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Leftist tolerance and intolerance: A brief list of what’s allowed

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A brief explanation of the tolerance of leftism

I’ll be the first to admit I hate social media. I don’t hate the concept or the potential, but I do hate the idiocy, trolls, and false activism. Did I mention trolls?

Sometimes, one can draw conclusions by sifting through the white noise. I’ve come to a conclusion.

What I’ve found most perplexing is the tendency by leftists to denounce intolerance with… intolerance. Here is a list of things leftists demand we all tolerate:

  1. Accusations by women against men regardless of corroboration – I’m not even going to elaborate on this one.
  2. Radical Islam in all its forms – While leftists are quick to denounce most violence of any kind (except for violence perpetrated by their activists) and gun violence in particular, they are hesitant to even mention violence if the alleged perpetrator is Muslim. This is why stories about violence driven by radical Islamic beliefs, whether they’re hate crimes, domestic violence, or outright terrorism, are buried or ignored by mainstream media.
  3. Open borders – It’s unfair to a leftist that some people aren’t Americans and won’t go through the legal immigration process. While many on the left hate America, they have no problem with accepting the freedoms allowed in America and wanting to share them with everyone who wants to infiltrate our borders. After all, they want us to build bridges, not walls.
  4. Censorship of conservative voices – It’s hate speech. It’s all hate speech. Whether it’s Ben Shapiro or Kathleen Parker or Gavin McInnes or any other right-leaning speakers, all they want is to divide us. They only have hate speech… at least to radical leftists who probably haven’t even heard them speak before.
  5. Police doing their jobs – If a police officer shoots and kills anyone, particularly a minority, it’s instantly bad and never justified in the eyes of the left. It doesn’t matter what they did to prompt action against them, how aggressive they were acting, what threats they posed, what drugs they were on at the time, or any criminal history they might have on record. No police officer should shoot and kill any unless the “victim” fires first… and even then we’ll often see protests.
  6. Socialism – “It’s never been tried,” the leftist will say. Examples of it failing were not really socialism. Examples of capitalist Scandinavian countries applying certain degrees of socialism are the model they want us to follow. Oh, and don’t read any of the reports suggesting their economies are not sustainable long term.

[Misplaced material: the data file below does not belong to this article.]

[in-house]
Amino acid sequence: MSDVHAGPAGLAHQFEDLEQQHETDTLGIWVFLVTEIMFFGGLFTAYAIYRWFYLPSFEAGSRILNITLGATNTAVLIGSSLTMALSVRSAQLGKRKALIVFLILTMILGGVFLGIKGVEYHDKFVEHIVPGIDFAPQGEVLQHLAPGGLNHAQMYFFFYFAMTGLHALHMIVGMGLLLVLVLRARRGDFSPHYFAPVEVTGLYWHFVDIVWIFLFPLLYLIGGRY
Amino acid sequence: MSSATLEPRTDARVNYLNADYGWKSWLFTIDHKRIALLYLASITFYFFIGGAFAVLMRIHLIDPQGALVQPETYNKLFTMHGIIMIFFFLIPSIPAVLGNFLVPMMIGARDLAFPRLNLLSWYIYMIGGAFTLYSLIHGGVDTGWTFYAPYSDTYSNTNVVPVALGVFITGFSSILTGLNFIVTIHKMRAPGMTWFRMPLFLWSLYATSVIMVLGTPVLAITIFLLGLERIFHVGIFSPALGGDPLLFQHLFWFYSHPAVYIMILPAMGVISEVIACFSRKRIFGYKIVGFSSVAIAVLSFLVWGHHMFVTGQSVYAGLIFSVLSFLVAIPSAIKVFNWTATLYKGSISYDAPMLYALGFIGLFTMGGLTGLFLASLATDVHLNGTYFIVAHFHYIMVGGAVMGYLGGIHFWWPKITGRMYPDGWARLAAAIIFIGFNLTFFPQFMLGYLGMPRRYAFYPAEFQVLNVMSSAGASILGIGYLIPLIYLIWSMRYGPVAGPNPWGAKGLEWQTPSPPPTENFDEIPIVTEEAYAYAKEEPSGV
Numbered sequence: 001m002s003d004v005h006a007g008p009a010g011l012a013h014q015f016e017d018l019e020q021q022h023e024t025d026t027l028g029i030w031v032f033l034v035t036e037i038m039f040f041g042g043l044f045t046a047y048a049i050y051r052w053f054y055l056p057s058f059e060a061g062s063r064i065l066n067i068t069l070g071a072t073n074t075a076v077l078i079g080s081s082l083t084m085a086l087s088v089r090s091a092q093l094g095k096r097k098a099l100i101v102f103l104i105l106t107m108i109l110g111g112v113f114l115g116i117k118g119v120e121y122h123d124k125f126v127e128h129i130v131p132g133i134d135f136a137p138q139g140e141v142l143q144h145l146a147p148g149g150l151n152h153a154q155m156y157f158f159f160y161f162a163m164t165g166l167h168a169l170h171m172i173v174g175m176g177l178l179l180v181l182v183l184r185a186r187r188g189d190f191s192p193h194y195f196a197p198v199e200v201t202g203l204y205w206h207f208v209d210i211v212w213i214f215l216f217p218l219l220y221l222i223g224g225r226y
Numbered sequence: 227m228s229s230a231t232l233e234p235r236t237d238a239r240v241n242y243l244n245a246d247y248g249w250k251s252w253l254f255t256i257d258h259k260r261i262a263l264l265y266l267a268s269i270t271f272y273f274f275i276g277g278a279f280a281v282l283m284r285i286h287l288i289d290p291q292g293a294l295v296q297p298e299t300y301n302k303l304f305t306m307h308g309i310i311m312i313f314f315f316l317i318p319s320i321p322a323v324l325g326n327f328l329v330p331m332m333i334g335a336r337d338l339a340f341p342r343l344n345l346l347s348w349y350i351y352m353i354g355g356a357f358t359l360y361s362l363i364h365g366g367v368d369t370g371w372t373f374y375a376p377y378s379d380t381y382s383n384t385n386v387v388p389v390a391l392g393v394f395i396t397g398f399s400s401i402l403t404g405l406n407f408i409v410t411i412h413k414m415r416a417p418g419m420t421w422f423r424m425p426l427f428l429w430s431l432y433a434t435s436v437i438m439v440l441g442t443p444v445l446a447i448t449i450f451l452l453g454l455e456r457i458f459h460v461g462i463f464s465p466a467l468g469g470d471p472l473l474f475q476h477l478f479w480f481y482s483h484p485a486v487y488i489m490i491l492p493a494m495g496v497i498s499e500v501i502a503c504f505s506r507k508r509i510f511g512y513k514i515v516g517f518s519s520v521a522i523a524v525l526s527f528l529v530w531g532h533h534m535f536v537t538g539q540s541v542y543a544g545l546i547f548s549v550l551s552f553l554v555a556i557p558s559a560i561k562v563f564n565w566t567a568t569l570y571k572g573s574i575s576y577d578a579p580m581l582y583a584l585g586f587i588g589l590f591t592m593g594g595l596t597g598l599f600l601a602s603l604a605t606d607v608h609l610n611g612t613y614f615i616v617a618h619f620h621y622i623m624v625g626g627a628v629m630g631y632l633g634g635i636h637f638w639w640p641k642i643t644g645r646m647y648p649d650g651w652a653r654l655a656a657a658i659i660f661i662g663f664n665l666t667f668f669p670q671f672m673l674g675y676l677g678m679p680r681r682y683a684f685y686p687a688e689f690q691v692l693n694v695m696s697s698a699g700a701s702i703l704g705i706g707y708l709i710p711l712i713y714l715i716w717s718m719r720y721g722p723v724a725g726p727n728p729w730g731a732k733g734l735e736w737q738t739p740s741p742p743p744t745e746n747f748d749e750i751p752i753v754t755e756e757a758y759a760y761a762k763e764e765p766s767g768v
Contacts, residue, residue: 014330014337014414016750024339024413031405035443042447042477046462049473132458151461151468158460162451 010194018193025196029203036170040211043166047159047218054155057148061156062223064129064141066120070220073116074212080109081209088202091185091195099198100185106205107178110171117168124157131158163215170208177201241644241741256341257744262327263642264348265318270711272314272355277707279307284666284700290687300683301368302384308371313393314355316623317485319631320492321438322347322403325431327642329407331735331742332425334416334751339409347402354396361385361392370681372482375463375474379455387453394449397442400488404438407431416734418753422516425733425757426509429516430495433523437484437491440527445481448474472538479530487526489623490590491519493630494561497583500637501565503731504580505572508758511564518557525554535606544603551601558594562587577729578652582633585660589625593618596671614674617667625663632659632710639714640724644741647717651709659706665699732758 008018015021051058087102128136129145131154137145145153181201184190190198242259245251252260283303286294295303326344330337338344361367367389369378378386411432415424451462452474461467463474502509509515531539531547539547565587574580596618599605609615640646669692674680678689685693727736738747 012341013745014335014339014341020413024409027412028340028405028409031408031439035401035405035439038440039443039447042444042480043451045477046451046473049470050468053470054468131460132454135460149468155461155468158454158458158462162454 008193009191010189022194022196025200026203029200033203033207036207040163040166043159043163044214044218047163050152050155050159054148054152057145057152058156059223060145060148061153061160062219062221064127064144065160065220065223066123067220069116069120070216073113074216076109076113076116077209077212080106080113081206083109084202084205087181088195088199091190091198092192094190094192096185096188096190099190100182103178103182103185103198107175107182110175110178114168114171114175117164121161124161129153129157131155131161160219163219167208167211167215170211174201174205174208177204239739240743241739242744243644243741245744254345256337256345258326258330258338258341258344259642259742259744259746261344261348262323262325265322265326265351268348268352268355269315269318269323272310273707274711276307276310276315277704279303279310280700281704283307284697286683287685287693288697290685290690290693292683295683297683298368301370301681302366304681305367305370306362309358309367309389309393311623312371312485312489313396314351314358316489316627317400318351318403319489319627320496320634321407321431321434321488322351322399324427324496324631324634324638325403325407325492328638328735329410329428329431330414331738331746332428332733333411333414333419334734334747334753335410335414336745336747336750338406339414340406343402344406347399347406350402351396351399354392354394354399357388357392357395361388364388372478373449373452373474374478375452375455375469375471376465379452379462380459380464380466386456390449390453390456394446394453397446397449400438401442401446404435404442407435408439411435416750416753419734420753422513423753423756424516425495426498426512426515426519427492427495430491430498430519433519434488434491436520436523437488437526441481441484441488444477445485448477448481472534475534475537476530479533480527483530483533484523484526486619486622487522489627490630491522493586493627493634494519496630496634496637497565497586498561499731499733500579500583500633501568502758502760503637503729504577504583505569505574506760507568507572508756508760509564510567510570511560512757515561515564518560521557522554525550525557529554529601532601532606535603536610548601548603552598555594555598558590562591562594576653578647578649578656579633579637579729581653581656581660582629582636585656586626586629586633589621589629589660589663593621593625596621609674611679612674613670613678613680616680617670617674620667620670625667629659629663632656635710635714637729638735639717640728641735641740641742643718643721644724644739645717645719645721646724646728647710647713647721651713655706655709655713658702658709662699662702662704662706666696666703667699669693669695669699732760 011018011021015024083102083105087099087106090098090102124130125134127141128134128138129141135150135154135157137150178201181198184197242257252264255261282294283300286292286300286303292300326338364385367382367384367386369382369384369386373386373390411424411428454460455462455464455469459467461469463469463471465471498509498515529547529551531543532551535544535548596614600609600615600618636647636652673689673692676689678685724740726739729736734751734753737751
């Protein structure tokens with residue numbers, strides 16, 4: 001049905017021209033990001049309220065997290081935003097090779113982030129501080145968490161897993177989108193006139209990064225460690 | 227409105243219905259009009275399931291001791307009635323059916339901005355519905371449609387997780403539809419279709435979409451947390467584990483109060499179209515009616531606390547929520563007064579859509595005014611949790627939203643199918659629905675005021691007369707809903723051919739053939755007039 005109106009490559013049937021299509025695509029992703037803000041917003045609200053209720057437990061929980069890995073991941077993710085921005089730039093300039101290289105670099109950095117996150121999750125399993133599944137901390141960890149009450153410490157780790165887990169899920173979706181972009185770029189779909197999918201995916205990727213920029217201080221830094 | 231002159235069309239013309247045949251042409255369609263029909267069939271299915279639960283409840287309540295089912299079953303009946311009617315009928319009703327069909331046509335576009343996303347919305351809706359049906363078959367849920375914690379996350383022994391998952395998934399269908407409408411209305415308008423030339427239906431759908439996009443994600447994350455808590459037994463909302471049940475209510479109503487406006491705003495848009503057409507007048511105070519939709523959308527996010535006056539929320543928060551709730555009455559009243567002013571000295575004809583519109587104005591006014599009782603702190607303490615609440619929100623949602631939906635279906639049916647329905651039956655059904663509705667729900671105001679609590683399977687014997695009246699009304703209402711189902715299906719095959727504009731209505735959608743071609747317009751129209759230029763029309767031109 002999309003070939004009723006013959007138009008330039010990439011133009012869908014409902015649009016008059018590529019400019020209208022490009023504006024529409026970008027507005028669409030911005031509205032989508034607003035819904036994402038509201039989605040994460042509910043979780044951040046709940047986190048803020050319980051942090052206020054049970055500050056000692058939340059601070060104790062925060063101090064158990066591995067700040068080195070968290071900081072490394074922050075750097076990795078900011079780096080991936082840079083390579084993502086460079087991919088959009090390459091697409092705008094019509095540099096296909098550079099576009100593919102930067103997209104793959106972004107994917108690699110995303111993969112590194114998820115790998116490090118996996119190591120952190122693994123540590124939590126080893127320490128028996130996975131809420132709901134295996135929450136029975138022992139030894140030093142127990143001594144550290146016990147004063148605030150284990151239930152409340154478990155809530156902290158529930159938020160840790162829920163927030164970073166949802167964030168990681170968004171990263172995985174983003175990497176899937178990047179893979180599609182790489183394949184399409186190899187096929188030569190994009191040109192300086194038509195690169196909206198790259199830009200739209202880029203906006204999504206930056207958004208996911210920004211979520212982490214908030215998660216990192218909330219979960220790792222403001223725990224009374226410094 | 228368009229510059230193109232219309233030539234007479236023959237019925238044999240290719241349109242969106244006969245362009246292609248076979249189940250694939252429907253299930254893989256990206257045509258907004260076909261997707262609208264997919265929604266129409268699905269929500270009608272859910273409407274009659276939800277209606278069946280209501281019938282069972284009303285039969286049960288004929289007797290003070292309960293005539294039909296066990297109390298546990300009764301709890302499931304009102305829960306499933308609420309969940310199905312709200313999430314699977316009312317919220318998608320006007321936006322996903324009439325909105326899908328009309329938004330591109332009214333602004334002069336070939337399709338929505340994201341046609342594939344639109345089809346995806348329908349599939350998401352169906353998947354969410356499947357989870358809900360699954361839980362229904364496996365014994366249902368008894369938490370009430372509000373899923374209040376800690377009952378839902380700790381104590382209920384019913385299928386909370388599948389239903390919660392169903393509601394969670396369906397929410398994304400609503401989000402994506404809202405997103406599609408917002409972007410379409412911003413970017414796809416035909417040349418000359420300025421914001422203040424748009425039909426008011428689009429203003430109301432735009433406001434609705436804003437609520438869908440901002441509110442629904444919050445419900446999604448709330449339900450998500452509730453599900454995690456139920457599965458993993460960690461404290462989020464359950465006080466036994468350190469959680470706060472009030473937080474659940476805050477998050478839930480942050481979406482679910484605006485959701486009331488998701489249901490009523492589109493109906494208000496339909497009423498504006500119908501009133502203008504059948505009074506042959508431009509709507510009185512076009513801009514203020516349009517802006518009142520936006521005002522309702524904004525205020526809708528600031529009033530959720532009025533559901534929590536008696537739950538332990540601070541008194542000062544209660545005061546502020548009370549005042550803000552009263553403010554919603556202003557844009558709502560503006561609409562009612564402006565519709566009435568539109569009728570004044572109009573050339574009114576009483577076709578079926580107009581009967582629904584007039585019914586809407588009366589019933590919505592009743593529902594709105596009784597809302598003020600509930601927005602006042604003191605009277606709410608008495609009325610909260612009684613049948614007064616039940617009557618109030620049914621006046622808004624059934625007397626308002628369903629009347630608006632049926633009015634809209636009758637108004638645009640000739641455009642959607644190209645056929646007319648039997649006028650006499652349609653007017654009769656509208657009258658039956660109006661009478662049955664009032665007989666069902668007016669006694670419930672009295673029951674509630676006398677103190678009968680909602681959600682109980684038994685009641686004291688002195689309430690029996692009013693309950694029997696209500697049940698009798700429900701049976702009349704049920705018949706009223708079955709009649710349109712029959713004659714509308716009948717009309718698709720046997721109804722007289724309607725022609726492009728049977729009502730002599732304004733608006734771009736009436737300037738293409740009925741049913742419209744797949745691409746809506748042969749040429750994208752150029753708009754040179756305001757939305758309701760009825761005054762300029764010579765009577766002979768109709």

7. Rich leftists – Bernie Sanders. Alyssa Milano. Colin Kaepernick. Glenn Close. Elizabeth Warren. Jeff Bezos. Taylor Swift. These people aren’t really rich. They just have money they’re saving up to redistribute to the poor when the Republicans finally allow them to do so.
  8. A woman’s reproductive rights – It’s her body, therefore she must decide what to do with the non-human-potential-for-life-if-she-chooses-to-allow-it that’s growing inside of her.

Now, here’s a list of some of the things we must never tolerate, according to leftists. See if you notice any parallels:

  1. Accusations against women for lying about men – I’m not even going to elaborate on this one.
  2. Judeo-Christian values – Our nation was founded on values that were derived from a Judeo-Christian worldview. These values have permeated into nearly every aspect of American life from our justice system to the charitable nature that gives more to other nations than all other nations combined. But hey, don’t preach to a leftist or you’re just an intolerant bigot.
  3. Border security – We are a sovereign nation, but don’t tell that to hardcore leftists. They believe America is a blight to the world and we’re lucky to have all the nice people from Central America, the Middle East, and Asia willing to come over and educate us about how we’re really supposed to be living. Oh, and 100% of those crossing the border are good people with no intention of committing a crime or hurting anyone, you bigot!
  4. Selective name-calling – Again, this only applies to certain people. President Trump, for example, is pure evil and a complete misogynist for calling a woman who sued him a “horseface,” but there’s not a peep from leftists when Kanye West is called Trump’s “token negro” on national television.
  5. Criminals doing their thing – There are no real criminals in this world, according to leftists. There are only people reacting to a condition forced upon them by the old, white male patriarchy. Murders in Chicago, Baltimore, or St. Louis are never the story if it’s an African-American killing another African-American. To the left, even talking about such violent acts means we must be bigots.
  6. Capitalism – This is pure evil to the left. Pure. Evil.
  7. Rich conservatives – Oh, how privileged it must be for the Koch brothers, Tim Allen, and James Woods to sit in their mansions and crap all over the poor people.
  8. A pre-born baby’s right to live – To a leftist, it isn’t a human life worthy of personhood until after it’s exited the host. Even then, there may be a grace period.